Augsburg belongs to the largest cities of Bavaria and at the same time the oldest cities of Germany. It was founded in Roman times, but today it is associated primarily because of its relationship with the history of the Reformation. The city has many interesting historical buildings, including the town hall and the church of St. Anna, which houses the famous Golden Chapel.
The city was founded in the 1st century BC as the Roman military camp of August Vindelicorum. It quickly developed into a significant commercial center, and in the sixth century it also became the seat of a bishopric. Augsburg experienced its glory period in the 15th and 16th centuries, when it became one of the main economic and cultural centers of Bavaria. In 1518, for some time, he was held here before the Martin Luther trial. Further links with the Reformation are even more significant. In 1530, the Augsburg confession of faith was proclaimed here, which is still the basis for the functioning of the Evangelical church, and in 1555 the peace ending religious wars in Germany was signed.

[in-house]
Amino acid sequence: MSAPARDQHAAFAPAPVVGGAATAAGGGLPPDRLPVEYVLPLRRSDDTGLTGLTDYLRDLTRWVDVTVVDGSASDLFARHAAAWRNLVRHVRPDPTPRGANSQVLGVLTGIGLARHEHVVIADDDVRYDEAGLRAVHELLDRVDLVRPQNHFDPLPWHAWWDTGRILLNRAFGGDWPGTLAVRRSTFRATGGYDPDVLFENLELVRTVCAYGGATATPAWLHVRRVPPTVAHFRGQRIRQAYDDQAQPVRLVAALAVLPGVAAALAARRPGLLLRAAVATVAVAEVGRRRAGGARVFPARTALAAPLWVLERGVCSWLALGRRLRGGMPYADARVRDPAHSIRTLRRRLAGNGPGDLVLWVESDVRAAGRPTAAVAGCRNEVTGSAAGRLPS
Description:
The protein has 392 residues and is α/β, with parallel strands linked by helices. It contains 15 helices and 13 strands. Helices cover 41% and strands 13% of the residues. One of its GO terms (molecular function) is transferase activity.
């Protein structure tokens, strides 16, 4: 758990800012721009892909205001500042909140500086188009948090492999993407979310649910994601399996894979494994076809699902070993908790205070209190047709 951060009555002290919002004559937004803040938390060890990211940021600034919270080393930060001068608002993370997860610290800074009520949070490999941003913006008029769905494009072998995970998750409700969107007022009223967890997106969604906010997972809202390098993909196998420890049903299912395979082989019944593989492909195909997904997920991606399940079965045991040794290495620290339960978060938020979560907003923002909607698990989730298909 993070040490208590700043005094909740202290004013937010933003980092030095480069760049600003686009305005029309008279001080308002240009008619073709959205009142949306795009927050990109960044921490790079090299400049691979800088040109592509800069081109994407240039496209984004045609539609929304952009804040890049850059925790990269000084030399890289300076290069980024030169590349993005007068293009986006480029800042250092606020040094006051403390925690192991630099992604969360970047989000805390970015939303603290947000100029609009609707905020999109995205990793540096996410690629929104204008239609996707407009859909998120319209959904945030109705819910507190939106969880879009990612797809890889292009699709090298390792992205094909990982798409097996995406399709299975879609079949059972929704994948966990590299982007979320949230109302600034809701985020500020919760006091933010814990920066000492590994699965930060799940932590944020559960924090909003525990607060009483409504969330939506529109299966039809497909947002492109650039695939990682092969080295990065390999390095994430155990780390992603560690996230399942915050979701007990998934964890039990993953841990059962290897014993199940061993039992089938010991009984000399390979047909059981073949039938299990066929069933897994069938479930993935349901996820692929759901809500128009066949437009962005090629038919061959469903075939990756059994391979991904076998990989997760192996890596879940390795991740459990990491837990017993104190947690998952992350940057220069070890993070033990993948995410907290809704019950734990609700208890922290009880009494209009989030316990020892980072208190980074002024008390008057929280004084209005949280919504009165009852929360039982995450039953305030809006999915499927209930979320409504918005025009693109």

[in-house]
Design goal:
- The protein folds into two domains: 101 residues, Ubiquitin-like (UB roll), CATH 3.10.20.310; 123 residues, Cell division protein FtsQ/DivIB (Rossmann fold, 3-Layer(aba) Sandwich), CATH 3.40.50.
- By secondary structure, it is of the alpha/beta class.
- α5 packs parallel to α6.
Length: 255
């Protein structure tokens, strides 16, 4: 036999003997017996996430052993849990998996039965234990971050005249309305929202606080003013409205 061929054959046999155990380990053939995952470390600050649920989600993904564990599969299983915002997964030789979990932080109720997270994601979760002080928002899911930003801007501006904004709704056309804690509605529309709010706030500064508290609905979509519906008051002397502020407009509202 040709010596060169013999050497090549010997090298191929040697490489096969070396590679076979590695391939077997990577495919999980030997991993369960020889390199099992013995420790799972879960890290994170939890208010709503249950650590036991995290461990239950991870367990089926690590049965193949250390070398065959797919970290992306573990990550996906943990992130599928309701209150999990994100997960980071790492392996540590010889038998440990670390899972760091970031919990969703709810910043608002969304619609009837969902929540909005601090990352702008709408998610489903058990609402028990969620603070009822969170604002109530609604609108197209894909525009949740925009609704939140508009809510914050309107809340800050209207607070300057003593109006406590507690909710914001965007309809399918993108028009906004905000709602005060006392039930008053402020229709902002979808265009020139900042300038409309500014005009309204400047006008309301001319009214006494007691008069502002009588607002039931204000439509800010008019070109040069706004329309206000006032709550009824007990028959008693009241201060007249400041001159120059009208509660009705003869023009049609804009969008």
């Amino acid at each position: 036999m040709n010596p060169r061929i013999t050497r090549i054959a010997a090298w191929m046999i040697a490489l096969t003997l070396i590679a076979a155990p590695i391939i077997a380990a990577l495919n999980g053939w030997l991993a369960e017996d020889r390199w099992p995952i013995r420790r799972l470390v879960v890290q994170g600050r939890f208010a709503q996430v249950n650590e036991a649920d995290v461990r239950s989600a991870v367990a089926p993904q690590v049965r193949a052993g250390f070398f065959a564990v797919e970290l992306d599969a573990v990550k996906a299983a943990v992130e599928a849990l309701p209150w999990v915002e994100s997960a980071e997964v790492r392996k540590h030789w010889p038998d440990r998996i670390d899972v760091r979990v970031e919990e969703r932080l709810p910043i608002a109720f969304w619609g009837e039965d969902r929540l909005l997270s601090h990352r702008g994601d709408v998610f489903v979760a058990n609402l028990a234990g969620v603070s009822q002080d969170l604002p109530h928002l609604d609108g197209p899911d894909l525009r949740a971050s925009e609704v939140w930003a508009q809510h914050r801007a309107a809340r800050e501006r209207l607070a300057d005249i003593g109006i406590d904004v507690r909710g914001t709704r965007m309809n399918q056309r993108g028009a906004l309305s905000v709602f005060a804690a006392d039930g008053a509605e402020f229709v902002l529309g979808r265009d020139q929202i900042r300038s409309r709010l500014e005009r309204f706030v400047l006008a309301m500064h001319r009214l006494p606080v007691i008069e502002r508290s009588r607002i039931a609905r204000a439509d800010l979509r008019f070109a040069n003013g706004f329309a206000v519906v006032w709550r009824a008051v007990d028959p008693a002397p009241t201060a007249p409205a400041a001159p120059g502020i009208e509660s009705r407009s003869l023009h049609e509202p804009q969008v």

The Old Town of Augsburg was partially destroyed during World War II. However, quite a lot of Renaissance and early Baroque tenements and palaces have survived here. Their decorated facades rise along the wide streets that converge on the Market Square. Its main building is the Town Hall, where you can admire the Golden Room decorated with wall paintings and stucco decorations.
The most important monument of Augsburg is the church of St. Anna, which is part of the former Carmelite monastery. It was built in the 13th century, but was rebuilt several times, including in the 20th century, during the reconstruction of the city after the destruction of World War II. In the Gothic building you can see dozens of tombstones and epitaphs of significant residents of Augsburg from the city's era. However, the two greatest treasures of the temple are the Renaissance Fugger chapel with a statue of Jesus supported by angels and the Golden Chapel covered with frescoes. In the premises of the former monastery, you can visit the museum dedicated to the Reformation and the figure of Martin Luther.